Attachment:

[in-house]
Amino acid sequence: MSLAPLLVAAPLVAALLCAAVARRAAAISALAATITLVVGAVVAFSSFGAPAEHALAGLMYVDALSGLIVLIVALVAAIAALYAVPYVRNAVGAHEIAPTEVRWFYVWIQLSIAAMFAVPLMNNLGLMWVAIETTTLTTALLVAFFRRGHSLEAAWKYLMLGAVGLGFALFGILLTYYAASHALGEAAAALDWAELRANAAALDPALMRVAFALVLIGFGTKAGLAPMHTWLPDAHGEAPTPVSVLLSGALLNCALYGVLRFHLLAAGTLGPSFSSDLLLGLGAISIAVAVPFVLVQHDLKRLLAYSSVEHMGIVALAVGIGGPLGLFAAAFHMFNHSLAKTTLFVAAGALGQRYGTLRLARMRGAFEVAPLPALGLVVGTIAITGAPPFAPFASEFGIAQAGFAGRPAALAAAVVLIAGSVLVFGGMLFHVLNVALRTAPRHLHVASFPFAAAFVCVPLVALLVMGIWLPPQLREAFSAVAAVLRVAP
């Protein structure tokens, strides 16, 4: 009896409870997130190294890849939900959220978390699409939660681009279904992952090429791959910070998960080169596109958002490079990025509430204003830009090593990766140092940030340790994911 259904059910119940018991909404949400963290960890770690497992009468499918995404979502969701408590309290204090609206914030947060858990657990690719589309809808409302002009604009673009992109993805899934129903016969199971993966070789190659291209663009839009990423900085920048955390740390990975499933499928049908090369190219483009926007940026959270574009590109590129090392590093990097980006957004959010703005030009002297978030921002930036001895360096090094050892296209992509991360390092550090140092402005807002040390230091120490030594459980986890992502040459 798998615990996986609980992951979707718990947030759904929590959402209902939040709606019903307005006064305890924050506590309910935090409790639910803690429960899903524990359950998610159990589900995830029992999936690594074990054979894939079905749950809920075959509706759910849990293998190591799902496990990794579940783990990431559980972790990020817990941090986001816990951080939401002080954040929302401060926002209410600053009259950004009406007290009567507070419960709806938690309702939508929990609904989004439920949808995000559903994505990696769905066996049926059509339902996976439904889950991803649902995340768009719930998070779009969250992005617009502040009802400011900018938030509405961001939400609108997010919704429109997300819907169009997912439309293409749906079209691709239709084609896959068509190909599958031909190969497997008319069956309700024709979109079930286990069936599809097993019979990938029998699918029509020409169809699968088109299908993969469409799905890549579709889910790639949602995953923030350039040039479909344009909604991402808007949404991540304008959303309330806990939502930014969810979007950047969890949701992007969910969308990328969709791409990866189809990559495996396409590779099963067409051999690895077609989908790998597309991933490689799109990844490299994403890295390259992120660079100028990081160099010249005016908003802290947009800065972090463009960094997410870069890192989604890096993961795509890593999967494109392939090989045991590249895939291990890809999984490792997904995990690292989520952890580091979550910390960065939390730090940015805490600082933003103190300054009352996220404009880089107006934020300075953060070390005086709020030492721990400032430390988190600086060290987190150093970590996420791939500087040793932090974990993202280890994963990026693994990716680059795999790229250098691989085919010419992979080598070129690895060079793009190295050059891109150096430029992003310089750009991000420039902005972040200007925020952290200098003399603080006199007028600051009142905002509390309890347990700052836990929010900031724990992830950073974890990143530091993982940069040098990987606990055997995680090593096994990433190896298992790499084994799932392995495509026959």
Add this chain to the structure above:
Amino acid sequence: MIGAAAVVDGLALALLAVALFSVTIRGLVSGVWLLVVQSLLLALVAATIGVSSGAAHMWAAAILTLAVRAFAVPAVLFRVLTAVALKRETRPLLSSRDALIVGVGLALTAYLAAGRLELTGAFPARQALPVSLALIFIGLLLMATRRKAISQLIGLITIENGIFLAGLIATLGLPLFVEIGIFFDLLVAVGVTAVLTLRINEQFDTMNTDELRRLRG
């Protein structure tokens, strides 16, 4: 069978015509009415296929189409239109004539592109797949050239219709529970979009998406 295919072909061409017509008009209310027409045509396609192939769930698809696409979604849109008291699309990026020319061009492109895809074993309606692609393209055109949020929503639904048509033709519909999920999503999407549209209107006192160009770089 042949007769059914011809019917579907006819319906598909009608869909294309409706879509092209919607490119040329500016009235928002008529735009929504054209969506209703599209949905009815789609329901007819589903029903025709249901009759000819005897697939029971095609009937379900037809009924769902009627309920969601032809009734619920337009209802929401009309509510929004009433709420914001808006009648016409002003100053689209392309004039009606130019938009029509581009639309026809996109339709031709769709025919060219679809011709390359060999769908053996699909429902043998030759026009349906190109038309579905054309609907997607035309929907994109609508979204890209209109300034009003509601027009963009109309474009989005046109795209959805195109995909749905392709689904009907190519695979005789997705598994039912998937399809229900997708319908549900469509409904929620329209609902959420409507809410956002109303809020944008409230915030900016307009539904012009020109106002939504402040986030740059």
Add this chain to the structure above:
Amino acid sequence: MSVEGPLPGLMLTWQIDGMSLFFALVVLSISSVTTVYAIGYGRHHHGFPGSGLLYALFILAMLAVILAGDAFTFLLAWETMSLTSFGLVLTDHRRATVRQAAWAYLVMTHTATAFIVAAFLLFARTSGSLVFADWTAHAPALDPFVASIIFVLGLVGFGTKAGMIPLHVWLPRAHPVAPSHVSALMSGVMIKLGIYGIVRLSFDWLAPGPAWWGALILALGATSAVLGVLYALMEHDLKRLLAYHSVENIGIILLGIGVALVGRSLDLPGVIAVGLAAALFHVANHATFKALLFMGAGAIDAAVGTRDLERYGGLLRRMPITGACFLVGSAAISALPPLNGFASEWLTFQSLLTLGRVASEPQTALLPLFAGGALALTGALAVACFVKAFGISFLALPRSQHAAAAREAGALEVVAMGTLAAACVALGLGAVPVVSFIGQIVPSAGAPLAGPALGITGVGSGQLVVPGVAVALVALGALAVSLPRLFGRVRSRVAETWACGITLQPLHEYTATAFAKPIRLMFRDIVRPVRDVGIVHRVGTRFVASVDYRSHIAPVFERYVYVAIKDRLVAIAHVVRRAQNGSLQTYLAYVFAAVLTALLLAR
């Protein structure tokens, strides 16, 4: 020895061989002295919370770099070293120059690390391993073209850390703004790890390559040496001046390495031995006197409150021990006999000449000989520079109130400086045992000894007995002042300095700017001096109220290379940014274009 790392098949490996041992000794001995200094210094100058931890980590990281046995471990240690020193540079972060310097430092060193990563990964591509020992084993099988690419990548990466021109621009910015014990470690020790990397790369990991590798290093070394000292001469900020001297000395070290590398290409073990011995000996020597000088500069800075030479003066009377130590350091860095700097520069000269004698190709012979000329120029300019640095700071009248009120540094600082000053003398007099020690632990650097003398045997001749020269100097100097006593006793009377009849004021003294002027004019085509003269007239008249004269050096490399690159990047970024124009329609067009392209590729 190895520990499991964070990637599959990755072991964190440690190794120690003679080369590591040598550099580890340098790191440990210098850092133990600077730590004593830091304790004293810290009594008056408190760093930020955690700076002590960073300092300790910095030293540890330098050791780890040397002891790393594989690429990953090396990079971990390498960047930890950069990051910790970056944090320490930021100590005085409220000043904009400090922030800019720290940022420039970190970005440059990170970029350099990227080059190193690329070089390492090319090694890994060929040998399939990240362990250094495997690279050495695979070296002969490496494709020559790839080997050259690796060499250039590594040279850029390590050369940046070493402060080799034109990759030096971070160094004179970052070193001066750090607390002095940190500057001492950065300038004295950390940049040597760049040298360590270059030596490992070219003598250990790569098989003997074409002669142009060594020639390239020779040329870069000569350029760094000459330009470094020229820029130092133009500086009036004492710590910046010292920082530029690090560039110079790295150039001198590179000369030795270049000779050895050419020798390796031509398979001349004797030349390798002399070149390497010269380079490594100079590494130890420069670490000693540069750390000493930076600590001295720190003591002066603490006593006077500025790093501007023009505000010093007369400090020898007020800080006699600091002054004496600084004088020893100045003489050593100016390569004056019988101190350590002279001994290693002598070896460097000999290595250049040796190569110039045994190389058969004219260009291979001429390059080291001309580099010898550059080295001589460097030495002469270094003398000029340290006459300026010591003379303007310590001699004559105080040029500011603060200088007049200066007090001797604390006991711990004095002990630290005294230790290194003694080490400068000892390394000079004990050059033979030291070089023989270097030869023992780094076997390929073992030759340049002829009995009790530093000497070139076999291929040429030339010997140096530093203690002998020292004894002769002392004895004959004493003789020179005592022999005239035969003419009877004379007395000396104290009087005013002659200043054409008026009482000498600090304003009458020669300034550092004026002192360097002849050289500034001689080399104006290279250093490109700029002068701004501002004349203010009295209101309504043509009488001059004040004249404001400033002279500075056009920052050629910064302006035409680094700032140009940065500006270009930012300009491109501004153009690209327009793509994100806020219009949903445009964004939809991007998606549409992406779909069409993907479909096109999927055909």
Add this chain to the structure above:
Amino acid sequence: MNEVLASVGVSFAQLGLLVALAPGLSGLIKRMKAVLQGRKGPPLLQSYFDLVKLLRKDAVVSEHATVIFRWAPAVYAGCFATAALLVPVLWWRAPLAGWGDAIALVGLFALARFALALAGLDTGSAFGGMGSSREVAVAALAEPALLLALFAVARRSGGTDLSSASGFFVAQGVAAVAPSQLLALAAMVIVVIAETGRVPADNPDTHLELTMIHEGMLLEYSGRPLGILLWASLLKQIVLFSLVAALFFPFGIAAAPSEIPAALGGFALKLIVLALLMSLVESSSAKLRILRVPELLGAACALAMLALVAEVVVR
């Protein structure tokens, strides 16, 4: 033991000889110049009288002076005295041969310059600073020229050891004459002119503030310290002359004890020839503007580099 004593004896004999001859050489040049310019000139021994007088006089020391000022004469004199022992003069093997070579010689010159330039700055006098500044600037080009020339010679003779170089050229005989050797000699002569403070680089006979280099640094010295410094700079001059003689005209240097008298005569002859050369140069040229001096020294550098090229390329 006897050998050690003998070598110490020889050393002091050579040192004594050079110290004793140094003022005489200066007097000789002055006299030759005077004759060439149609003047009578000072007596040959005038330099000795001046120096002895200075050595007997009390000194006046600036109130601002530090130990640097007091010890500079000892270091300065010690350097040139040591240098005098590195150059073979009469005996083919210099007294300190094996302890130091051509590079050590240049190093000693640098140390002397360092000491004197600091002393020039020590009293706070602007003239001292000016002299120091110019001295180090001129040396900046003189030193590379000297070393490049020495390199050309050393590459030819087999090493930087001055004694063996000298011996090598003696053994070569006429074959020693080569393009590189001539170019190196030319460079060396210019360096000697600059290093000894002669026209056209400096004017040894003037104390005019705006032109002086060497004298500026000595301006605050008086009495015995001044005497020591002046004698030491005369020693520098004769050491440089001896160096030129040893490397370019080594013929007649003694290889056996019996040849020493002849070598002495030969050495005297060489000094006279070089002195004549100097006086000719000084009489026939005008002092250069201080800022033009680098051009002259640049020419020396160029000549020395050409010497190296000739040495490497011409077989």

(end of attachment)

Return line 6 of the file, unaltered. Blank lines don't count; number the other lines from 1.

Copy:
């Protein structure tokens, strides 16, 4: 069978015509009415296929189409239109004539592109797949050239219709529970979009998406 295919072909061409017509008009209310027409045509396609192939769930698809696409979604849109008291699309990026020319061009492109895809074993309606692609393209055109949020929503639904048509033709519909999920999503999407549209209107006192160009770089 042949007769059914011809019917579907006819319906598909009608869909294309409706879509092209919607490119040329500016009235928002008529735009929504054209969506209703599209949905009815789609329901007819589903029903025709249901009759000819005897697939029971095609009937379900037809009924769902009627309920969601032809009734619920337009209802929401009309509510929004009433709420914001808006009648016409002003100053689209392309004039009606130019938009029509581009639309026809996109339709031709769709025919060219679809011709390359060999769908053996699909429902043998030759026009349906190109038309579905054309609907997607035309929907994109609508979204890209209109300034009003509601027009963009109309474009989005046109795209959805195109995909749905392709689904009907190519695979005789997705598994039912998937399809229900997708319908549900469509409904929620329209609902959420409507809410956002109303809020944008409230915030900016307009539904012009020109106002939504402040986030740059």